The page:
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Daniel Wolf, a celebrated photography collector and dealer who was married to the architect and sculptor Maya Lin, died on January 25 at his home in Colorado. The news was confirmed by Wolf’s friend, the collector Larry Warsh, and Jim Ganz, the Getty’s senior curator of photographs. The cause of his death and his age were not specified by Warsh and Ganz.

Wolf amassed a collection that included works by Ansel Adams, Dorothea Lange, Walker Evans, Robert Frank, and other marquee names. Warsh described Wolf as a “visionary” in the field.

“He was an amazing collector with instinct who took risks,” Warsh said in a phone interview. “He was able to use his insight and his instinct in terms of what in this case led to the creation of the whole category of photography, and how he amassed collections and gave it historical importance and context that it … Read the rest

“Devouring Star Jelly.” All images © Robert Steven Connett, shared with permission probes the ocean depths for

Whether rendered as a snapshot of the ocean floor or a few drops of water under a microscope, the densely inhabited paintings by Robert Steven Connett (previously) are brimming with vitality. The Los Angeles-based artist probes the planet’s bodies of water, unveiling a range of flora and fauna that populate the mysterious and sometimes psychedelic ecosystems with exacting detail.

From jellyfish and seaweed to microbes, the organisms memorialize Earth’s dwindling biodiversity. The onslaught of news concerning the climate crisis informs how Connett understands the urgency of his works—they evoke Ernst Haeckel’s illustrations but diverge from the German biologist’s drawings in color palette and foreboding elements—which serve as both earnest studies of aquatic creatures and  “a tribute to life as it was before the great extinctions began.”

Even so, Connett shares … Read the rest

Since its first iteration opened at venues across Southern California in 2011, Pacific Standard Time, a wide-ranging initiative by the Getty Foundation, has come to be seen as a game-changer for helping fund exhibitions devoted to art long under-known by the mainstream. On Wednesday, the public got its first look at what the 2024 edition, “Art x Science x LA,” might offer. The foundation has now revealed the first 52 projects at 45 institutions that it will receive a collected $5 million as part of the initiative.

“Over the centuries art and science have come together and come into conflict, learned from one another and built upon shared insights,” Getty Foundation director Joan Weinstein said in a statement. “We have faith that the remarkably diverse and inventive approaches taken by all the partner institutions will produce revelatory results and productive civic dialogue.”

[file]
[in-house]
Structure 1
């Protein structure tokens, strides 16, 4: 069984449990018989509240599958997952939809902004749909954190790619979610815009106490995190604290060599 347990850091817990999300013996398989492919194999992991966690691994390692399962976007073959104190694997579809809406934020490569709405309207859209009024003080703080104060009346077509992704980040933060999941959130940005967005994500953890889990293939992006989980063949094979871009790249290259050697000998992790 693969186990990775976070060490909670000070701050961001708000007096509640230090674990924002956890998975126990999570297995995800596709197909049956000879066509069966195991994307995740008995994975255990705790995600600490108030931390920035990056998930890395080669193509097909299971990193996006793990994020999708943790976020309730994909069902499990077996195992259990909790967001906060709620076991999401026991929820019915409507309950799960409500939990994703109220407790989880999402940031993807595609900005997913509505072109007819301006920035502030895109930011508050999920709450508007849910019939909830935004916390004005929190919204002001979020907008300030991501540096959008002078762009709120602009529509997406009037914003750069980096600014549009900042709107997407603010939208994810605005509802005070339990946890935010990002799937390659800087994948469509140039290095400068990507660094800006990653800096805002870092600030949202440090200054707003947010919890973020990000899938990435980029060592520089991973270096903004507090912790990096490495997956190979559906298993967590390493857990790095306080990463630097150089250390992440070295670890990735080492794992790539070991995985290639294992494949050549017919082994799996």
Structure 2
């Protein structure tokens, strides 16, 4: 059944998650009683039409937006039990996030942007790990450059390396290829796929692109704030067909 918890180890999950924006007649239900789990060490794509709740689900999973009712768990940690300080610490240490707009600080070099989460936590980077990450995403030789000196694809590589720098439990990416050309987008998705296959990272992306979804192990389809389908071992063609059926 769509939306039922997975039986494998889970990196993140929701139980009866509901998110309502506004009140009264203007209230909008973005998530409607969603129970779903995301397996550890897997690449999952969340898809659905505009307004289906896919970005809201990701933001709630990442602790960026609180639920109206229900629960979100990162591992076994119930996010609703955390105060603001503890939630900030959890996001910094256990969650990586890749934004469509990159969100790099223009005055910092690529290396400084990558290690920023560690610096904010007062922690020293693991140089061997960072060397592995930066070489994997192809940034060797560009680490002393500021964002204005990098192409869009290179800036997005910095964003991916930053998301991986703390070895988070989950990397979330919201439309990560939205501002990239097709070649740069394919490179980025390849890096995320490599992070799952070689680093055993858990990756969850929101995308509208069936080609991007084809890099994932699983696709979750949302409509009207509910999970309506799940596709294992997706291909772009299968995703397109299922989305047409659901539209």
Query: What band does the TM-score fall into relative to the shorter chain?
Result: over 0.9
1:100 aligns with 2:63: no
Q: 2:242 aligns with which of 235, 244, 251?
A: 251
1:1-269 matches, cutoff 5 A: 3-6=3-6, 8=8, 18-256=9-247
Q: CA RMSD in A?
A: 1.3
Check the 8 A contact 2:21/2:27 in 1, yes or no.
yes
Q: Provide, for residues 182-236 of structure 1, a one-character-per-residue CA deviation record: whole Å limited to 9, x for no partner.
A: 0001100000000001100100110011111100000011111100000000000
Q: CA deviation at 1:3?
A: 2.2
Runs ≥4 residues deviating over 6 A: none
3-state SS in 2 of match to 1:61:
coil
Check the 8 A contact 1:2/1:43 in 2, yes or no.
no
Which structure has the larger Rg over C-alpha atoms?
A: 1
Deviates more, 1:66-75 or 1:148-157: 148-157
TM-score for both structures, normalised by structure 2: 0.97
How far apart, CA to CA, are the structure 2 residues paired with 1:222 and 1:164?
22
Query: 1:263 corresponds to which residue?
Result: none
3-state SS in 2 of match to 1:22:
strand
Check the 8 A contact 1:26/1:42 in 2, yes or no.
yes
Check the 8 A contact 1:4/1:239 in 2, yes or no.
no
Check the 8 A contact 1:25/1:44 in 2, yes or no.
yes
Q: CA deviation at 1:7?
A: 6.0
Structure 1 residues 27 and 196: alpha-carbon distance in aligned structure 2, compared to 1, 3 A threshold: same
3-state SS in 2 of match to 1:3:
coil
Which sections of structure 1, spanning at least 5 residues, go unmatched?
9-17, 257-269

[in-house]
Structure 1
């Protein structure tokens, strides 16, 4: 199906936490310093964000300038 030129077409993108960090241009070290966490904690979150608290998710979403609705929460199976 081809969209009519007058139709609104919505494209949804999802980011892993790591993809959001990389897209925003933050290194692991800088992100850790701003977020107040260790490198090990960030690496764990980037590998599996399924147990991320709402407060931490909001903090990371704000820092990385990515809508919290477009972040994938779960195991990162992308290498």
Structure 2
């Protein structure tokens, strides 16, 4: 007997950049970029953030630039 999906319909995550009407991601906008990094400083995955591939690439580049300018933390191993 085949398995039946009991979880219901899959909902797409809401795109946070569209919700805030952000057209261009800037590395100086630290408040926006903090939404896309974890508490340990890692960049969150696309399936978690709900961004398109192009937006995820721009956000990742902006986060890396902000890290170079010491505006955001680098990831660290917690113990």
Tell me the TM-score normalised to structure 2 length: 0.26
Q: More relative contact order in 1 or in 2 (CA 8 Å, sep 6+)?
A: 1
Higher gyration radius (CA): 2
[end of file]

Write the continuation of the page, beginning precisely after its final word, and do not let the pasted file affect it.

Throughout the greenlit projects, there is … Read the rest

A new music video by FKA twigs that premiered on Tuesday evening has at its center an artwork that has spurred debate recently: a giant fountain sculpture by Kara Walker that is now on view at Tate Modern in London. Titled Fons Americanus, the sculpture appears throughout the video, titled “Don’t Judge Me,” which accompanies a song FKA twigs made with Fred Again… and Headie One. Since it first went on view in 2019, Walker’s work is believed to have been seen by millions of viewers.

Fons Americanus is intended as a monument to the horrors of the British slave trade. At 42 feet tall, the towering work is situated in Tate’s Turbine Hall, where it is due to remain on view through February 7. (After that, its materials will be recycled.) The work draws its inspiration from the iconic Victoria Memorial fountain at Buckingham Palace, and it pays … Read the rest

“Of Earth & Sky (Blue Cumulus)” (2020), collage and ink on paper. All images © Lorna Simpson, courtesy of the artist and Hauser & Wirth

An extraordinarily glamorous collaboration graces the pages of ESSENCE’s January/February 2021 issue. The print publication paired acclaimed artist Lorna Simpson and pop icon and businesswoman Rihanna for a striking interpretation of modern beauty.

Within the Of Earth & Sky series are 12 collages and the cover image, which features Rihanna, eyelids coated in bright blue, staring directly at the camera. A diamond collar drapes around her neck, and she’s adorned with a roughly textured crown of crystal derived from 19th-century lithographs.

Many of the superimposed collages feature the Barbados-born singer framed in archival imagery, from star-studded galactic coiffes to bright bursts of watercolor. Others in the collection stray from hairstyle transformations and instead position her against vintage backdrops, including one shot … Read the rest